I can think my case for why a client should change a speech to make it more interesting to his audience makes this a no-brainer. But sometimes he still won’t do it.
Before we start mumbling about clients having all of the money and none of the sense, it’s time to look at the role we play in this no-winner – and choose something better.
We have this myth that people decide things rationally. That we actually use the “Franklin Method” (thanks to my uncle, Ben) of listing all of the pros and cons and then choosing the best option. For that reason, we think that making a logical argument in favor of our point of view will be persuasive.
Where’s Your Brain?
When viewing (or hearing) a list of items — even ones that interest us — only two areas of our brains are engaged: the ones that recognize language. Unfortunately, those are in our cerebral cortex, which also is where our resistance lives.
People really make decisions in their emotional brains — and then they back and fill with “whys” to explain or justify this. If you want to be persuasive, that’s where you need to go to meet them.
Where’s Your Mind?
Chances are it’s on what you want. But people do things for their reasons, not yours. As a teenager, did hearing one of your parents say, “Because I said so!” ever work?
Our first stop is to start listening for — and caring about — what other people want.
Here’s the truth. You can ask good questions, bad questions, closed- or open-ended questions (although it generally helps when you use the first and last approaches). None of that matters if you aren’t listening. And we can always tell, can’t we?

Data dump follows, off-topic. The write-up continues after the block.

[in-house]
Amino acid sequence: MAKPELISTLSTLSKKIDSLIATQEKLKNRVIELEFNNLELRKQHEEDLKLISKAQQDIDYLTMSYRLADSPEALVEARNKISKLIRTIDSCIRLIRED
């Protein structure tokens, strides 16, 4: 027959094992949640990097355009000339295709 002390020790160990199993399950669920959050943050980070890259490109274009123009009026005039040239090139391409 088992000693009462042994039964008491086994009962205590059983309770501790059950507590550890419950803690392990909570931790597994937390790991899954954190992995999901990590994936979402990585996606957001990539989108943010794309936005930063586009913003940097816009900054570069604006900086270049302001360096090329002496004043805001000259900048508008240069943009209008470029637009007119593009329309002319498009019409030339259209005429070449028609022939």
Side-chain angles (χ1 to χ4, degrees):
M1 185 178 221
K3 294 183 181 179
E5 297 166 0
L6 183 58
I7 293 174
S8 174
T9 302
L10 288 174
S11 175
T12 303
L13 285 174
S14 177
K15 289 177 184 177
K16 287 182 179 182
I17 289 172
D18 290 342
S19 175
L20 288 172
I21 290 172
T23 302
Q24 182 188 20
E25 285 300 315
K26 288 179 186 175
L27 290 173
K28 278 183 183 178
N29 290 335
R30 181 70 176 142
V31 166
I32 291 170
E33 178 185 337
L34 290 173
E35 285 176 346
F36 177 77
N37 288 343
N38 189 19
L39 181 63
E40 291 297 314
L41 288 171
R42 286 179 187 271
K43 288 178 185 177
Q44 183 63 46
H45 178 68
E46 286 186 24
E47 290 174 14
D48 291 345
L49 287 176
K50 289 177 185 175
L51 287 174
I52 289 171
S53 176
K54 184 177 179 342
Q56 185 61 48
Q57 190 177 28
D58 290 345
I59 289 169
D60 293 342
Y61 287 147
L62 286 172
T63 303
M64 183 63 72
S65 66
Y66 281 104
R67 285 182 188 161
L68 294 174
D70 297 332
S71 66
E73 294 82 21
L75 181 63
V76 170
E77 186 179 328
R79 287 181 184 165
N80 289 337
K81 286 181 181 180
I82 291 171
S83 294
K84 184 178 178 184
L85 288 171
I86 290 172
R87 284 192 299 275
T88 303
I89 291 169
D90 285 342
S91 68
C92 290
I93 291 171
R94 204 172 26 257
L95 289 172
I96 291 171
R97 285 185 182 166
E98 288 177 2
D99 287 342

You can ask “D” level questions, but if you’re an “A” level listener, you can still get the job done. The reverse isn’t true.
Where’s Your Body?
I believe people wander around feeling chronically unseen and unheard. One of the most powerful things we can do to be more persuasive is to show we care about what they’re saying.
Get your body involved.
Learning theory indicates that 80% of people want lots of eye contact, so give it to them. (The other 20% are auditory learners who get freaked out when you look at them for too long.) Pay attention to their body language and mirror — don’t mimic — it. This builds rapport. (For those auditory learners: look at them and look away when speaking or listening. That’s probably what they’re doing with you.)
Nod your head as they speak, to show you’re paying attention. This is not the same as agreeing with them.
Paraphrase what they say. And use the words they use. Don’t rephrase — because that makes it about you, rather than them. It also can carry the judgment that what they said wasn’t right or good enough. In addition, paraphrasing lets them know that you heard what they said, and gives them the chance to clarify any misunderstandings.
And, if it’s really important, take notes. Then they see you’re truly interested. Plus studies show that all of us pay more attention to what we’re saying if someone is writing things down, so this improves the quality of the conversation.
Watch the Difference
This stuff really works as a strong way to begin any conversation where you want to create a connection. Give it a go and notice what happens.
Next month we’ll look at the second part of being persuasive. Now that you understand what someone wants, how do you to say something of interest to move them along the process of being persuaded.
Sometimes, I experience “paraphrase what they say” as parroting. When I am having a discussion with someone and s/he uses the technique of paraphrasing, I often feel as if they are only echoing my words back to me as a way to avoid comprehending what I’ve said and embracing it as a worthwhile idea.
I appreciate what you’re saying, Susan. It’s all about tone and intent, isn’t it? We can tell when someone is repeating what we’re saying — without really paying attention — versus when they care enough to use our words instead of theirs. Your comment is a great reminder of how to be more effective and engaged when we paraphrase. Thanks!